Four of my poems about what it’s like to experience chronic illness, pain or particular symptoms are being displayed on The Unchargeables right now. I don’t usually discuss the meaning behind my poems, but I wanted to offer a little explanation of each for those who aren’t real familiar with poetry so that they might feel a little more accessible. I write poems like this to help me process the grief surrounding my disability and everything I have lost, but I also write them in the hopes that it will help others understand what it is those of us with Ehlers-Danlos Syndrome and similar spoonie conditions experience and so that others with these conditions will read them and know they are not alone in feeling these things, too.
You can read the poems here. I have the link set to open in a new tab so you can switch back and forth to read the description and then the poem, if you’d like. If you’re a fairly savvy poetry reader already or just like word games, you may want to read them without reading the descriptions below first. Part of why I love poetry is because ultimately, they’re word puzzles and I love the feeling of success I have when figuring them out. These aren’t particularly clever so most should be able to get them, but a lot of people feel intimidated by poetry and we are a community that suffers from brain fog by and large, so I decided to include descriptions for those who aren’t up to the challenge today or simply aren’t into it.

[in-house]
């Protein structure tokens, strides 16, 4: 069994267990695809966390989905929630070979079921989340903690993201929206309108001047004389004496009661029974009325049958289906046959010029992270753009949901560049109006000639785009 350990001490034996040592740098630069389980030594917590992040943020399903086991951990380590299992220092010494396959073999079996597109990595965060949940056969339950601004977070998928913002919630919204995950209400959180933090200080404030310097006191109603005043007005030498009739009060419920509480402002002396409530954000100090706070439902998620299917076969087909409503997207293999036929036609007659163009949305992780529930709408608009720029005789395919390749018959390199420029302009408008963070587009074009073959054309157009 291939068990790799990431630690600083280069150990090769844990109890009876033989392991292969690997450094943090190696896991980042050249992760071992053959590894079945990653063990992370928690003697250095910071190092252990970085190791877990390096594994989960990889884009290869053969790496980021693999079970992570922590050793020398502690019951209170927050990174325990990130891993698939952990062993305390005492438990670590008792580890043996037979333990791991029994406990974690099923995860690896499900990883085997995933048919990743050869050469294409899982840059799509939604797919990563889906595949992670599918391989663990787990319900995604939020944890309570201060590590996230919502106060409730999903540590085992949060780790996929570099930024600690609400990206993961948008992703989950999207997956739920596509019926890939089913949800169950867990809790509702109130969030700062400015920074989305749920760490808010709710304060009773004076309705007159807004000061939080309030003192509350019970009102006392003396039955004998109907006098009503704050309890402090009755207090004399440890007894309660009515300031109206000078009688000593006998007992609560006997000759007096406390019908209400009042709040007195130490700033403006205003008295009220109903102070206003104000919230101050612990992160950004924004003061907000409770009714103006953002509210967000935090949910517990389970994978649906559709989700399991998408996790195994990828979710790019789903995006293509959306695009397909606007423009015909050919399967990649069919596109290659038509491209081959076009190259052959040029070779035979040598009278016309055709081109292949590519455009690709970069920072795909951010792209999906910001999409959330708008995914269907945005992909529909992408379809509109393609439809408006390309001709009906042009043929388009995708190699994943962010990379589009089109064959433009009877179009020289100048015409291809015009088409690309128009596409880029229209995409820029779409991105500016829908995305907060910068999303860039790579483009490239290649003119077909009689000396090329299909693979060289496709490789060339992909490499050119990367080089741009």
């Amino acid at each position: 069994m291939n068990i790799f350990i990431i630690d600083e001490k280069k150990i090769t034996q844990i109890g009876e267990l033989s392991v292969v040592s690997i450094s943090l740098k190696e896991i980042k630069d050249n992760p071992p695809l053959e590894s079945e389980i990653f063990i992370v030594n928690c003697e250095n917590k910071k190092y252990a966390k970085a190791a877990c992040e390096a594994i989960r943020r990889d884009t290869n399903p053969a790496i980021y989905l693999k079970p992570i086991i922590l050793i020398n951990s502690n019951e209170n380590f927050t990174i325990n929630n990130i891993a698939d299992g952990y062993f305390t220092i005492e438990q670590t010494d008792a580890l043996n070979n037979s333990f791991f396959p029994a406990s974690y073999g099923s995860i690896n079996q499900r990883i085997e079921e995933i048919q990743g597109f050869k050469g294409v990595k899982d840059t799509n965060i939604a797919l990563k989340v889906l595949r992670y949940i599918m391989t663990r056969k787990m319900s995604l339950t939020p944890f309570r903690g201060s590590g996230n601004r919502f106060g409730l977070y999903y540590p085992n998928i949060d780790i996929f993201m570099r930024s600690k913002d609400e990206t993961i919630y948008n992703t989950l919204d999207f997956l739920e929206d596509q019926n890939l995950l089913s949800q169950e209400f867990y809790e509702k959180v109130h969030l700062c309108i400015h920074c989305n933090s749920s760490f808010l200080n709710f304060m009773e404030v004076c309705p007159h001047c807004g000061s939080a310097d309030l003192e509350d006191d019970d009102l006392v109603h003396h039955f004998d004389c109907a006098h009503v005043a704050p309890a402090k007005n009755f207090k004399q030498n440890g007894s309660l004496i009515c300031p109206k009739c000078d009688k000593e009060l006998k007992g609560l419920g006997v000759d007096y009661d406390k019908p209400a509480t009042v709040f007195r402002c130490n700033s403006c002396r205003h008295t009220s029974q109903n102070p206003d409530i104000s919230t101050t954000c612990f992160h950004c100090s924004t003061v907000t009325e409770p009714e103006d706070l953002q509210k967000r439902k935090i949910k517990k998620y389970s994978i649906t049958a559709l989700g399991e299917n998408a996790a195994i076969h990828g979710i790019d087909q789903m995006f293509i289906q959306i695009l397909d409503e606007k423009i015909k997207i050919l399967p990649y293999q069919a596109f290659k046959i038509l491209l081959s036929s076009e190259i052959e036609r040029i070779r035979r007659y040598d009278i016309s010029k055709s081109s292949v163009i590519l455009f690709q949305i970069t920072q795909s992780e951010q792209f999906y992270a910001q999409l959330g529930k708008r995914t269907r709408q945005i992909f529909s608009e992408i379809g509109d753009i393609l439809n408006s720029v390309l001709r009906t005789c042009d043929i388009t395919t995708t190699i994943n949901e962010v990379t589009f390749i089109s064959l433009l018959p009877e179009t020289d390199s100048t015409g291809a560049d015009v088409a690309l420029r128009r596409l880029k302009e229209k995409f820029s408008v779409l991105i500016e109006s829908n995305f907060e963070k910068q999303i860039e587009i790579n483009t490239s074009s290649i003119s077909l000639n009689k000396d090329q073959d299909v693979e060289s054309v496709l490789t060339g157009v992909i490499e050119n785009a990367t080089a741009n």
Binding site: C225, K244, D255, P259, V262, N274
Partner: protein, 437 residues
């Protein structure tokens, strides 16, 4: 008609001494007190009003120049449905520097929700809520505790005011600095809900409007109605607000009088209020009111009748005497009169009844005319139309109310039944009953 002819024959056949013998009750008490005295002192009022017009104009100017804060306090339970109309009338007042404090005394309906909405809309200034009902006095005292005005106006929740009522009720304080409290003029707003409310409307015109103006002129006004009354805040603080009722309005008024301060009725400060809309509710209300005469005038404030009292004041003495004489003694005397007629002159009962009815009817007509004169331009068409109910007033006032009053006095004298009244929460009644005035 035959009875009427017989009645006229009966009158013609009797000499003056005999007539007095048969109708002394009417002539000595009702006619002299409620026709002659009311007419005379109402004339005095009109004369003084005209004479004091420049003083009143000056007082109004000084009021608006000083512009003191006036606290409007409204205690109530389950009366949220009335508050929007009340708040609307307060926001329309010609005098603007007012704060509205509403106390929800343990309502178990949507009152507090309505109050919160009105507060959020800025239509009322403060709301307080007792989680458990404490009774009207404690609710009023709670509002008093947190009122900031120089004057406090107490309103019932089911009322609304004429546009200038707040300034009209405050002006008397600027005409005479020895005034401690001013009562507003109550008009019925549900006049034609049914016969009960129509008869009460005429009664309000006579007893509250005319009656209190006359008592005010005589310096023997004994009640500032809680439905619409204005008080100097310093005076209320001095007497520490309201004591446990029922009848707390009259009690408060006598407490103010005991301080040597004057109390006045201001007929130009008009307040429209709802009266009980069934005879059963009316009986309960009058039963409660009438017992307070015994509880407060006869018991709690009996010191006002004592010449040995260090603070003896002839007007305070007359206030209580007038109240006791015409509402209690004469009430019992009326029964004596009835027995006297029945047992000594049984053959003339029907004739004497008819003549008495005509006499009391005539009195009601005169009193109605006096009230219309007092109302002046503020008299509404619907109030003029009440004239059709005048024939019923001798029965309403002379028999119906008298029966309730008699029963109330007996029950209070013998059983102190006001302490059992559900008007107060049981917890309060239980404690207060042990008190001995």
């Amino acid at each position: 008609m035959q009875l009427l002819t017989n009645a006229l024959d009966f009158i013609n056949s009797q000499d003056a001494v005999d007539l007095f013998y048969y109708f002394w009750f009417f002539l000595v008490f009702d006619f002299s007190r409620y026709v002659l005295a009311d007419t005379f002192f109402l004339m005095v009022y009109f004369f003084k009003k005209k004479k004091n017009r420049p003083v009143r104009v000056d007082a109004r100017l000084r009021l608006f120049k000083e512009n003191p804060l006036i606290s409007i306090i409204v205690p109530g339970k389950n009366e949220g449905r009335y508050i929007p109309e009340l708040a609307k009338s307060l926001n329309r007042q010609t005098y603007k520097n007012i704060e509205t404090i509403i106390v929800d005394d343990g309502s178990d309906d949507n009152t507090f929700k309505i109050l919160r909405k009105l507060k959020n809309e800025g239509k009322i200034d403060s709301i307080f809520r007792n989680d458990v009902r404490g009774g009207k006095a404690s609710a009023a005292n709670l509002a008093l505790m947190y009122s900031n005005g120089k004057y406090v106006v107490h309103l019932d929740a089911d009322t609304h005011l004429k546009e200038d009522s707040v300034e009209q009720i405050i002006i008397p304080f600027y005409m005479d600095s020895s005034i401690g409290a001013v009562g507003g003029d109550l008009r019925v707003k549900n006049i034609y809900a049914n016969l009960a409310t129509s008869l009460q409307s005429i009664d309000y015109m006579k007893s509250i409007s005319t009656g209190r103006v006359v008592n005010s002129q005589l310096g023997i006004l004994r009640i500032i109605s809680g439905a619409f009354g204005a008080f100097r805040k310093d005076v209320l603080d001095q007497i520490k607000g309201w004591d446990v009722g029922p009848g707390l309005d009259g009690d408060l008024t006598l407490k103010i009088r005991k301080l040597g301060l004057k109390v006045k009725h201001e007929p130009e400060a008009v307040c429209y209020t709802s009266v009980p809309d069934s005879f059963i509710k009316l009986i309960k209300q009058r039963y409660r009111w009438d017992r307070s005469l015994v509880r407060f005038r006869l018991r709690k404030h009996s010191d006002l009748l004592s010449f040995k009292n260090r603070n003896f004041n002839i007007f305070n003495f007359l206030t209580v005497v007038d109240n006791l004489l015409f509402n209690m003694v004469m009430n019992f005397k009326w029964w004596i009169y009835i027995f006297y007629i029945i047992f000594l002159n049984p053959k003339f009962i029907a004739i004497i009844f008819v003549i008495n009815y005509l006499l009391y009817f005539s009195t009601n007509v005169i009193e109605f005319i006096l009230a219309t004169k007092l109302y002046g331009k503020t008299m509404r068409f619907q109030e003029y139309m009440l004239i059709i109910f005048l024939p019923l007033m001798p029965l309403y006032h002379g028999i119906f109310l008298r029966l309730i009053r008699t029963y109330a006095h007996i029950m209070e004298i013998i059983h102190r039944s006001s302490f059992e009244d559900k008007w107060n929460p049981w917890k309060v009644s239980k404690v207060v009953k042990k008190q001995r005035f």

The first, “Capricious,” is a prose poem, which means it’s written in paragraph form rather than in verse. It’s about reconciling what the mind wants with what the body can handle and how the world perceives these adaptations in someone with invisible illness. Note there’s a typo in this poem, unfortunately. The next to the last line should say “…body breaks better than breathes.” I talk a bit about why I adopted the name Capricious Lestrange in my bio.
“Head Pain” describes the different types of headaches I, and many people with EDS, live with on a near daily basis. For many years, headache free days were a true novelty for me.
The key to understanding the third poem is that “Agony” is the personification of chronic illness. She follows you everywhere you go, sticking her big nose in every last detail of your life, your interpersonal relationships, your professional life. That agony is a real bitch.
“Genetic Stalker” is a metaphor for the beauty and bliss of brief reprieves from symptoms and illness we spoonies occasionally and seemingly miraculously get, only to be plunged back into the cycle of constant illness and how traumatic that can feel, both physically and emotionally.